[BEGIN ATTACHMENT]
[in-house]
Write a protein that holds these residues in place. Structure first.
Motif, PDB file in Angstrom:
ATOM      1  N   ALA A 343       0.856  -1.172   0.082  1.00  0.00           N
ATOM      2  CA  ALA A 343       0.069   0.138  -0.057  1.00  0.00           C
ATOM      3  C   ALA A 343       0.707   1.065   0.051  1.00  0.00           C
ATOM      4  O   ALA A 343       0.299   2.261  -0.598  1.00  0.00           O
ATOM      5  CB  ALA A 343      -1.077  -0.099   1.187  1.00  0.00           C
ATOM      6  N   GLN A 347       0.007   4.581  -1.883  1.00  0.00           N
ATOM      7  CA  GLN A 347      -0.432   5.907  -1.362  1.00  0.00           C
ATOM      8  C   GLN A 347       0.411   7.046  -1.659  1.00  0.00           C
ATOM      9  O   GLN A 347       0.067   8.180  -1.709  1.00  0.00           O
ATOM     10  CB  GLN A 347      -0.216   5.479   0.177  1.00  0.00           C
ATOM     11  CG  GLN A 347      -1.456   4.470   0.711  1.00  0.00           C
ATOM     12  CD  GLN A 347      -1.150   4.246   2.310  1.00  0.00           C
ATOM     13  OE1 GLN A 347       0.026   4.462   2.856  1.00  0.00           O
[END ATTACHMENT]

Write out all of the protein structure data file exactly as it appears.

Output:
[in-house]
Write a protein that holds these residues in place. Structure first.
Motif, PDB file in Angstrom:
ATOM      1  N   ALA A 343       0.856  -1.172   0.082  1.00  0.00           N
ATOM      2  CA  ALA A 343       0.069   0.138  -0.057  1.00  0.00           C
ATOM      3  C   ALA A 343       0.707   1.065   0.051  1.00  0.00           C
ATOM      4  O   ALA A 343       0.299   2.261  -0.598  1.00  0.00           O
ATOM      5  CB  ALA A 343      -1.077  -0.099   1.187  1.00  0.00           C
ATOM      6  N   GLN A 347       0.007   4.581  -1.883  1.00  0.00           N
ATOM      7  CA  GLN A 347      -0.432   5.907  -1.362  1.00  0.00           C
ATOM      8  C   GLN A 347       0.411   7.046  -1.659  1.00  0.00           C
ATOM      9  O   GLN A 347       0.067   8.180  -1.709  1.00  0.00           O
ATOM     10  CB  GLN A 347      -0.216   5.479   0.177  1.00  0.00           C
ATOM     11  CG  GLN A 347      -1.456   4.470   0.711  1.00  0.00           C
ATOM     12  CD  GLN A 347      -1.150   4.246   2.310  1.00  0.00           C
ATOM     13  OE1 GLN A 347       0.026   4.462   2.856  1.00  0.00           O